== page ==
The Importance of Accountability in Safeguarding Health Information
1. What is the abbreviation for HIPAA?
The Health Insurance Portability and Accountability Act is known by the abbreviated term “HIPAA.”
2. What are some of the rights under HIPAA?
Some of the rights under HIPAA may include:
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- To see or get a copy of your medical records
- Sometimes, you will not be able to see certain parts of the health record, but you always have the right to ask.
- If you find a mistake in your records, you have the right to request it to be corrected.
- If you disagree with your doctor or health plan about certain information in your record, you will have a right to get a statement of agreement that will be kept in your record.
- You also have the right to know how your health information is being used and shared.
- You have the right to say how you want to be contacted. For i.e., “You can tell your provider what phone number they should contact you and whether they can leave a message.”
- To request information not to be shared with certain people or organizations.
- You have the right to file a complaint should you think that these rights have been violated.
- In general, providers can’t send information to your employer without your permission.
- You have the right to get a report known as “Accounting of Disclosures” if you want to know any of this information.
- The Notice of Privacy Practices is posted in the patient’s viewing area within organizations to be reminded of their rights being protected at all times.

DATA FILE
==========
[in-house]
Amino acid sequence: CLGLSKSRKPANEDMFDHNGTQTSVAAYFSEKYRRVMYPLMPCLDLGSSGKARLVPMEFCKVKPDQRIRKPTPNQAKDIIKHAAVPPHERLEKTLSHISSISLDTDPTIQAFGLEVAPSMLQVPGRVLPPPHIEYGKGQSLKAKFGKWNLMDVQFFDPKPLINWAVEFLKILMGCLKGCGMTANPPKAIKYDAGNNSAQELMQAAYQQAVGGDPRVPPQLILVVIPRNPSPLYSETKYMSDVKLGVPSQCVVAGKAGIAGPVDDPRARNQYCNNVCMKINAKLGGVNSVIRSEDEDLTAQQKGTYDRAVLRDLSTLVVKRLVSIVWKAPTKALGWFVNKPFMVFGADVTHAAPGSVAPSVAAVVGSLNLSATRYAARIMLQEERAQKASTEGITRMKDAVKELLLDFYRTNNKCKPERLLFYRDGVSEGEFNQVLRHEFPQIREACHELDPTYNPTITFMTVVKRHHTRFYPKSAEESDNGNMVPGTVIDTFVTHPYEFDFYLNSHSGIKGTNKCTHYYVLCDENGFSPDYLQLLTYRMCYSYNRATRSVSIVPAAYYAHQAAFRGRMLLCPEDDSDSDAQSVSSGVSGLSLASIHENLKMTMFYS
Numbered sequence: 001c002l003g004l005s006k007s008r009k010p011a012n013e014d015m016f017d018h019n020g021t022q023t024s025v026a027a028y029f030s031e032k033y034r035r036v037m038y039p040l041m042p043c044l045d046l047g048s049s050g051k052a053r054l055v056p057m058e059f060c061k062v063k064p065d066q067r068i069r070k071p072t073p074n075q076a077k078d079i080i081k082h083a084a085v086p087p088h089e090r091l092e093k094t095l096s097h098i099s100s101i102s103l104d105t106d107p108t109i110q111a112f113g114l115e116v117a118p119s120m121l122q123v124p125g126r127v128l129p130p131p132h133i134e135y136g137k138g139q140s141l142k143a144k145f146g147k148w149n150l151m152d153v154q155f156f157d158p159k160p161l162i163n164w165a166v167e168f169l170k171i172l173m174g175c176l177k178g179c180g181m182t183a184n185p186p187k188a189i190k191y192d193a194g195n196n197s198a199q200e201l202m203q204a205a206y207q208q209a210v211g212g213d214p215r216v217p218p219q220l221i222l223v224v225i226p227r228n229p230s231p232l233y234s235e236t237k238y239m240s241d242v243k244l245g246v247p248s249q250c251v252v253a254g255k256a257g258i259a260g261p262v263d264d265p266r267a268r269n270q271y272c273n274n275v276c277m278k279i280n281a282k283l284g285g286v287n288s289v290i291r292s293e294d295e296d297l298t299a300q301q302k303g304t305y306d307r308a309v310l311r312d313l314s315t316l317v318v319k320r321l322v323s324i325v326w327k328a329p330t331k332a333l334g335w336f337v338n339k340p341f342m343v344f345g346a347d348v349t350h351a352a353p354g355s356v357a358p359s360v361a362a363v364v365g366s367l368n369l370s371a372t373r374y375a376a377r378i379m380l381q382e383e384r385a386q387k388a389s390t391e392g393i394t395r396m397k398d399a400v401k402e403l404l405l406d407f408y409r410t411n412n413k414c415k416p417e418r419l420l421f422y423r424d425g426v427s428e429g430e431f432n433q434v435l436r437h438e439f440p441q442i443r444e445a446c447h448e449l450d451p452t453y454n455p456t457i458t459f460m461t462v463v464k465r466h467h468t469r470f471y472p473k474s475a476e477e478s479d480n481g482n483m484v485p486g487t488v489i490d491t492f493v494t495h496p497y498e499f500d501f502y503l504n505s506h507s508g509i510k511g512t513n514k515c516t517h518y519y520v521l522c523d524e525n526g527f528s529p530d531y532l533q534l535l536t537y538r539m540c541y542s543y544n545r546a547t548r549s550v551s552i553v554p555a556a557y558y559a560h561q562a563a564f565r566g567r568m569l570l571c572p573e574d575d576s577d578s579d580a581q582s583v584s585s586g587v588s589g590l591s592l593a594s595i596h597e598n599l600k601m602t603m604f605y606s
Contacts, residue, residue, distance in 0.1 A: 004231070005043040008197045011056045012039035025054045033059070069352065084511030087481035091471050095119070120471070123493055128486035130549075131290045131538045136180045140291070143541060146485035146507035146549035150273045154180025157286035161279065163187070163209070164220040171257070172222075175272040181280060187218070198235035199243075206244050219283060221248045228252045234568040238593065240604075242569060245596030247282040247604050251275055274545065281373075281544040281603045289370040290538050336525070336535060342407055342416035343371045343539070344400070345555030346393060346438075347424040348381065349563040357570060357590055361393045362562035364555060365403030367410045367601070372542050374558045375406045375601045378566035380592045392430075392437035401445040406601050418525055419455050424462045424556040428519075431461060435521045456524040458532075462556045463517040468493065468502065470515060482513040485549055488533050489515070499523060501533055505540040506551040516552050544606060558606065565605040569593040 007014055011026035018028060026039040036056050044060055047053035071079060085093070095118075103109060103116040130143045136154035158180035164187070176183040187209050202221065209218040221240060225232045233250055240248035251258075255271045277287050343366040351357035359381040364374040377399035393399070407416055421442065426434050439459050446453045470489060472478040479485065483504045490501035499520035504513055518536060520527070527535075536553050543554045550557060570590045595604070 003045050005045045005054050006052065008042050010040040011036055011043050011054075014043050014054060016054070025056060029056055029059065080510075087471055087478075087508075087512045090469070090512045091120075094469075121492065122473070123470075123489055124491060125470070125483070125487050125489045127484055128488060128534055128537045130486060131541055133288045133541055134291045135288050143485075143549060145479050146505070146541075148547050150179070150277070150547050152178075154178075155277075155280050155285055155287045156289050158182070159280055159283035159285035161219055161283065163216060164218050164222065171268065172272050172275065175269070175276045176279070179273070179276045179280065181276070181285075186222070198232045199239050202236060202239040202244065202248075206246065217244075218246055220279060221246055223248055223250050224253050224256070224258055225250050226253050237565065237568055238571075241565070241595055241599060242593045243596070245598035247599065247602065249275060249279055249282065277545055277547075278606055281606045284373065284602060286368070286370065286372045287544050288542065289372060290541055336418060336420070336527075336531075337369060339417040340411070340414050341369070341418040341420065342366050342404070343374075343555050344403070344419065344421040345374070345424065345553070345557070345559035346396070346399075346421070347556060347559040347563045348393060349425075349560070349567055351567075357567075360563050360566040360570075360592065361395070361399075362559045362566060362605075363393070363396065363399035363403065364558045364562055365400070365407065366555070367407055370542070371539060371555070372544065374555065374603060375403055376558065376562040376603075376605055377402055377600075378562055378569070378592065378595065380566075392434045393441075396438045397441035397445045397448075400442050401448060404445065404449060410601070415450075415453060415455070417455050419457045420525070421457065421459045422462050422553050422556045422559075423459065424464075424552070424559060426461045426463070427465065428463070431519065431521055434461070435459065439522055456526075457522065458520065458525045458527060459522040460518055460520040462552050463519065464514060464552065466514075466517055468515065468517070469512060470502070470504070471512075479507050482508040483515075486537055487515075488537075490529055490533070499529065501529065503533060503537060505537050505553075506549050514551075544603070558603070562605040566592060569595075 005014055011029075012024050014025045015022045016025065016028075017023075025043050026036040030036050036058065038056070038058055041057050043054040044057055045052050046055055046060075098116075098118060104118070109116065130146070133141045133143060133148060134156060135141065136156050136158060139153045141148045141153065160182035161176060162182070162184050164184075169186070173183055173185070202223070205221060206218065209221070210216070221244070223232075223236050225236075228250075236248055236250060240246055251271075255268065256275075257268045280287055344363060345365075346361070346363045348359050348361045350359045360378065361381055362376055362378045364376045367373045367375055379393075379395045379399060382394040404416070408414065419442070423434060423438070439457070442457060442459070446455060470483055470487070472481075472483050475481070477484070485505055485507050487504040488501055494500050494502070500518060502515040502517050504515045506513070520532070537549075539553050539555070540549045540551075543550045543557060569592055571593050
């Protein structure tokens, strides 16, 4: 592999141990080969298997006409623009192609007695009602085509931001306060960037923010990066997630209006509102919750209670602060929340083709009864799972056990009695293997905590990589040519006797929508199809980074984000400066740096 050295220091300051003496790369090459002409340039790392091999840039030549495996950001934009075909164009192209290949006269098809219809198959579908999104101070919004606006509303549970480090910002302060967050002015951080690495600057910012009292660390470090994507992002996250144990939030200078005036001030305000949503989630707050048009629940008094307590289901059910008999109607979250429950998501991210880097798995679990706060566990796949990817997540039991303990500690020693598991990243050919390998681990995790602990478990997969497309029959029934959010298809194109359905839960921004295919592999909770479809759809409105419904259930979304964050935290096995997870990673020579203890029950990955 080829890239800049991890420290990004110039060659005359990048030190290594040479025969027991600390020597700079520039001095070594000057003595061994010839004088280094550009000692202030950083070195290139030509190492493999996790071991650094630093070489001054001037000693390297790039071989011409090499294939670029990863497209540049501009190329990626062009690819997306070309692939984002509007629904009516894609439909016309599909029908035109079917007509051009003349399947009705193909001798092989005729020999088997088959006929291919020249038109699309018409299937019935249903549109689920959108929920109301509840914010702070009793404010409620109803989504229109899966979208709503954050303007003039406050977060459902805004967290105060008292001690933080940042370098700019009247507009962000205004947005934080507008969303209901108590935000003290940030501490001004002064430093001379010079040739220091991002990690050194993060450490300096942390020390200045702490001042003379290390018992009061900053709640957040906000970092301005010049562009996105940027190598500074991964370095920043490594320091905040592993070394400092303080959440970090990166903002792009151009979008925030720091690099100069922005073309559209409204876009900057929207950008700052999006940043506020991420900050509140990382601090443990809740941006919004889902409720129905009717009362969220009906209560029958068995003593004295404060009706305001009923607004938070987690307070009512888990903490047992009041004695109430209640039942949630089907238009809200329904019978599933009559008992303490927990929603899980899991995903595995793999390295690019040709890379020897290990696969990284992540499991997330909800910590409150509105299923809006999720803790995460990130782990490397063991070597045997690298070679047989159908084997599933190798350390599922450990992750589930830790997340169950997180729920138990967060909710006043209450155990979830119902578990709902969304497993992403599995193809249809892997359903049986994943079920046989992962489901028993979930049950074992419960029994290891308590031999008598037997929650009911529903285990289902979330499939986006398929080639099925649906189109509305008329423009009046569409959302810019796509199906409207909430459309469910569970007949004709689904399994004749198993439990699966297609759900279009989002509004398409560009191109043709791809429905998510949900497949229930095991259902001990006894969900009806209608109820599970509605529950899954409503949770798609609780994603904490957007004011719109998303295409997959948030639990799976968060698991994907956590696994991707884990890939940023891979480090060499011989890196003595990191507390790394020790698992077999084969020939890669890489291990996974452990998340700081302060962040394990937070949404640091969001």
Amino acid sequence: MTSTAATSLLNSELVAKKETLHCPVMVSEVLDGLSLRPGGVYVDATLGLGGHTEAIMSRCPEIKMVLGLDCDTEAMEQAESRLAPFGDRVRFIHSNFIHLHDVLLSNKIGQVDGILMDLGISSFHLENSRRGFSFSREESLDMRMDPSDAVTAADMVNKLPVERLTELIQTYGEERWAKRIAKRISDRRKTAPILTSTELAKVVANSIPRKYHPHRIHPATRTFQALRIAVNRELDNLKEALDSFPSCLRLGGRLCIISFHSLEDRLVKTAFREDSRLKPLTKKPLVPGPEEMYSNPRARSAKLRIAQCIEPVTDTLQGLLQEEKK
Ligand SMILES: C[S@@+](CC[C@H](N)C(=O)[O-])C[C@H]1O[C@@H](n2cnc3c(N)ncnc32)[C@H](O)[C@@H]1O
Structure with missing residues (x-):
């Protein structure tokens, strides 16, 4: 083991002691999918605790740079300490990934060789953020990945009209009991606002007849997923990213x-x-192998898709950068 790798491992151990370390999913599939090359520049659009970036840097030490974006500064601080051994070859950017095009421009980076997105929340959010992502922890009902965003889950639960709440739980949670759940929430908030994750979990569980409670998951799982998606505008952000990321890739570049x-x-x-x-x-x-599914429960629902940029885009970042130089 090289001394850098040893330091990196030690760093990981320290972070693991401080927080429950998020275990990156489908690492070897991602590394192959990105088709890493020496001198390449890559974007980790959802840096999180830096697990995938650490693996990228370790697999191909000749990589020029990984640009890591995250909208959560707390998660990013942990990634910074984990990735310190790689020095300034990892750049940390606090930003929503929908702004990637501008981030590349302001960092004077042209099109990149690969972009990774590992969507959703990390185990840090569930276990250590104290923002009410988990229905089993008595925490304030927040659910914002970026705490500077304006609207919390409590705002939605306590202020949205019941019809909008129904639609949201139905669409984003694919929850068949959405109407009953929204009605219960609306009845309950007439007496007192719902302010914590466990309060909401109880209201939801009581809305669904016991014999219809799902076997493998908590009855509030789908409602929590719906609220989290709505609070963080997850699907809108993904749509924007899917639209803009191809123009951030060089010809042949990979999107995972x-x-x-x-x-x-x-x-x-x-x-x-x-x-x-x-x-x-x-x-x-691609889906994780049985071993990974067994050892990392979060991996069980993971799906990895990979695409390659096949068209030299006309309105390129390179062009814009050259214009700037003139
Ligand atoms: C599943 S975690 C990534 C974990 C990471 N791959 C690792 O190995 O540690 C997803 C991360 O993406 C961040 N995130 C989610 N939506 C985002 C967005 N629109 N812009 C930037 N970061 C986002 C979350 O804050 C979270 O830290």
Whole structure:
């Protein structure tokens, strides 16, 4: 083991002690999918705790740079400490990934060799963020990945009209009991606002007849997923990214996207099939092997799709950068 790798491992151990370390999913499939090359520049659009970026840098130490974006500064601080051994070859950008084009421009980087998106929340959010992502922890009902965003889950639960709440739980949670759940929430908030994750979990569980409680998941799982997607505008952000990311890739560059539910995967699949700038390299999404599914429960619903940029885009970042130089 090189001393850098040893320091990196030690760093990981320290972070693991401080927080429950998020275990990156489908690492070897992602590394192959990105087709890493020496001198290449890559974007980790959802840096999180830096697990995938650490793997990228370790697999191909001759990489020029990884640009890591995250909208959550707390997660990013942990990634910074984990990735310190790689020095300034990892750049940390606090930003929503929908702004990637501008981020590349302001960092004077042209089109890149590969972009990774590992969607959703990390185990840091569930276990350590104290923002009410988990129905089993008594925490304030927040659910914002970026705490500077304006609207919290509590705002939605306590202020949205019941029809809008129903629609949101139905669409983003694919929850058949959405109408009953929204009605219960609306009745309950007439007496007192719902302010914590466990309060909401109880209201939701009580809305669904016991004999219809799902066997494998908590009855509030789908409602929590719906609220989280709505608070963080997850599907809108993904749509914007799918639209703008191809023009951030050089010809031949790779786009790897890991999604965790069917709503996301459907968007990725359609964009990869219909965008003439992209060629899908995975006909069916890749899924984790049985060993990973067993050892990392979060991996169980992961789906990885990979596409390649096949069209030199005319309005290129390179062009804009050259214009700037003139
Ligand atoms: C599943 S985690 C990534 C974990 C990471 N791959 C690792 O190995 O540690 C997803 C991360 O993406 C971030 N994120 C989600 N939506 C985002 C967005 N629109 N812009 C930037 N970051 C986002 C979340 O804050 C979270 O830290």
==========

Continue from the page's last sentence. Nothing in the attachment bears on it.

3. Do you think this law is important?
This law is extremely important as it is very easy to breach confidential information without thinking about it, and we have to put ourselves in other people’s shoes and really think before we speak or act…With all due respect for individuals, it’s best to keep things to ourselves as you don’t know who is watching or listening, even if you may think they’re not, which goes the same for us, and vice versa. One person can know another person who knows someone else, and before long, everyone knows something about someone who wasn’t intended to know certain information about that particular person.
The Health Information Portability and Accountability Act has law regulations that, if breached, consequences may be endured depending on the severity, which is held to high standards to protect the privacy rights of individuals. Another point to mention is that we are the gatekeepers of our own health information… we can give people permission to have access to our records provided we share that with them. There are instances when permission is not needed, and that would be in the care of having doctors correspond with other colleagues of the same expertise to work together to figure out a treatment or when you’re sick, or when you report the flu in your area.
- Your Health Information Your Rights refer to https://www.youtube.com/watch?v=FKTHncn-5Vs&list=PLACD9536723837201